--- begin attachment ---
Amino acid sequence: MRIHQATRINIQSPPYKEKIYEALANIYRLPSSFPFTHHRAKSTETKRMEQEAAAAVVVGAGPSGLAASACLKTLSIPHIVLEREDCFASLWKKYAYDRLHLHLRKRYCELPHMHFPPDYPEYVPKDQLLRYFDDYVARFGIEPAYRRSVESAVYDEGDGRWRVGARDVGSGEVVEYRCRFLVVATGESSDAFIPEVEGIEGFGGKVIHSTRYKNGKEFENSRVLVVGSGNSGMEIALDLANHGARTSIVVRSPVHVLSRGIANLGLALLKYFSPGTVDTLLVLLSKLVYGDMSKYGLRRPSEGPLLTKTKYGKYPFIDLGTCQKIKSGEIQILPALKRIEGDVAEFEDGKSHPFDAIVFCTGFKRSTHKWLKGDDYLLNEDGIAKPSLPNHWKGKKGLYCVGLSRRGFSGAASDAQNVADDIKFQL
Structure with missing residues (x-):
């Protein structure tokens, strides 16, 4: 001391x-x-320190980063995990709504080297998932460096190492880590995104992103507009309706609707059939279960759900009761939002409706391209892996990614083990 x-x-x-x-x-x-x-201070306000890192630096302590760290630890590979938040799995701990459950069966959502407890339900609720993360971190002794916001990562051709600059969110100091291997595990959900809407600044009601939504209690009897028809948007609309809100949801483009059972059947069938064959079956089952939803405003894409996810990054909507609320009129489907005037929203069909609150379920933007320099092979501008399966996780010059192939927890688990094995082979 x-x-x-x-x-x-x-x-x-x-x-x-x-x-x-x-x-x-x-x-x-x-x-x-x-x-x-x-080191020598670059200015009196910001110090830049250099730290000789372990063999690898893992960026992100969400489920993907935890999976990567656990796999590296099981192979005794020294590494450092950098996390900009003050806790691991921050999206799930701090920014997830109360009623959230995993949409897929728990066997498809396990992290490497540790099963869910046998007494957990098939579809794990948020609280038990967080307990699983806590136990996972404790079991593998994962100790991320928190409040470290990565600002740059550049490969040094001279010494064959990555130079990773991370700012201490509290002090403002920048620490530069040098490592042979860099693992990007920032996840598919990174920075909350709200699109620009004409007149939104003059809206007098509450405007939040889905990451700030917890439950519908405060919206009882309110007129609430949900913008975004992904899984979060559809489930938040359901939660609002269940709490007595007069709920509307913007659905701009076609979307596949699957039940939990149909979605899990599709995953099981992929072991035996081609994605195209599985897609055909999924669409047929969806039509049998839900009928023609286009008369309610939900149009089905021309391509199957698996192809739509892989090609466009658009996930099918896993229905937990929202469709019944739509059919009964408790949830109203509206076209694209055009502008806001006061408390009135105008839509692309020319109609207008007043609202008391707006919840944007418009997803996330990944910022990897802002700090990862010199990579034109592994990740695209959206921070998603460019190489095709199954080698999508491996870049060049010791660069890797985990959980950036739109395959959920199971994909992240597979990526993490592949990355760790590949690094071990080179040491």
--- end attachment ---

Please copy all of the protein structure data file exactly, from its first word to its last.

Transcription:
Amino acid sequence: MRIHQATRINIQSPPYKEKIYEALANIYRLPSSFPFTHHRAKSTETKRMEQEAAAAVVVGAGPSGLAASACLKTLSIPHIVLEREDCFASLWKKYAYDRLHLHLRKRYCELPHMHFPPDYPEYVPKDQLLRYFDDYVARFGIEPAYRRSVESAVYDEGDGRWRVGARDVGSGEVVEYRCRFLVVATGESSDAFIPEVEGIEGFGGKVIHSTRYKNGKEFENSRVLVVGSGNSGMEIALDLANHGARTSIVVRSPVHVLSRGIANLGLALLKYFSPGTVDTLLVLLSKLVYGDMSKYGLRRPSEGPLLTKTKYGKYPFIDLGTCQKIKSGEIQILPALKRIEGDVAEFEDGKSHPFDAIVFCTGFKRSTHKWLKGDDYLLNEDGIAKPSLPNHWKGKKGLYCVGLSRRGFSGAASDAQNVADDIKFQL
Structure with missing residues (x-):
């Protein structure tokens, strides 16, 4: 001391x-x-320190980063995990709504080297998932460096190492880590995104992103507009309706609707059939279960759900009761939002409706391209892996990614083990 x-x-x-x-x-x-x-201070306000890192630096302590760290630890590979938040799995701990459950069966959502407890339900609720993360971190002794916001990562051709600059969110100091291997595990959900809407600044009601939504209690009897028809948007609309809100949801483009059972059947069938064959079956089952939803405003894409996810990054909507609320009129489907005037929203069909609150379920933007320099092979501008399966996780010059192939927890688990094995082979 x-x-x-x-x-x-x-x-x-x-x-x-x-x-x-x-x-x-x-x-x-x-x-x-x-x-x-x-080191020598670059200015009196910001110090830049250099730290000789372990063999690898893992960026992100969400489920993907935890999976990567656990796999590296099981192979005794020294590494450092950098996390900009003050806790691991921050999206799930701090920014997830109360009623959230995993949409897929728990066997498809396990992290490497540790099963869910046998007494957990098939579809794990948020609280038990967080307990699983806590136990996972404790079991593998994962100790991320928190409040470290990565600002740059550049490969040094001279010494064959990555130079990773991370700012201490509290002090403002920048620490530069040098490592042979860099693992990007920032996840598919990174920075909350709200699109620009004409007149939104003059809206007098509450405007939040889905990451700030917890439950519908405060919206009882309110007129609430949900913008975004992904899984979060559809489930938040359901939660609002269940709490007595007069709920509307913007659905701009076609979307596949699957039940939990149909979605899990599709995953099981992929072991035996081609994605195209599985897609055909999924669409047929969806039509049998839900009928023609286009008369309610939900149009089905021309391509199957698996192809739509892989090609466009658009996930099918896993229905937990929202469709019944739509059919009964408790949830109203509206076209694209055009502008806001006061408390009135105008839509692309020319109609207008007043609202008391707006919840944007418009997803996330990944910022990897802002700090990862010199990579034109592994990740695209959206921070998603460019190489095709199954080698999508491996870049060049010791660069890797985990959980950036739109395959959920199971994909992240597979990526993490592949990355760790590949690094071990080179040491």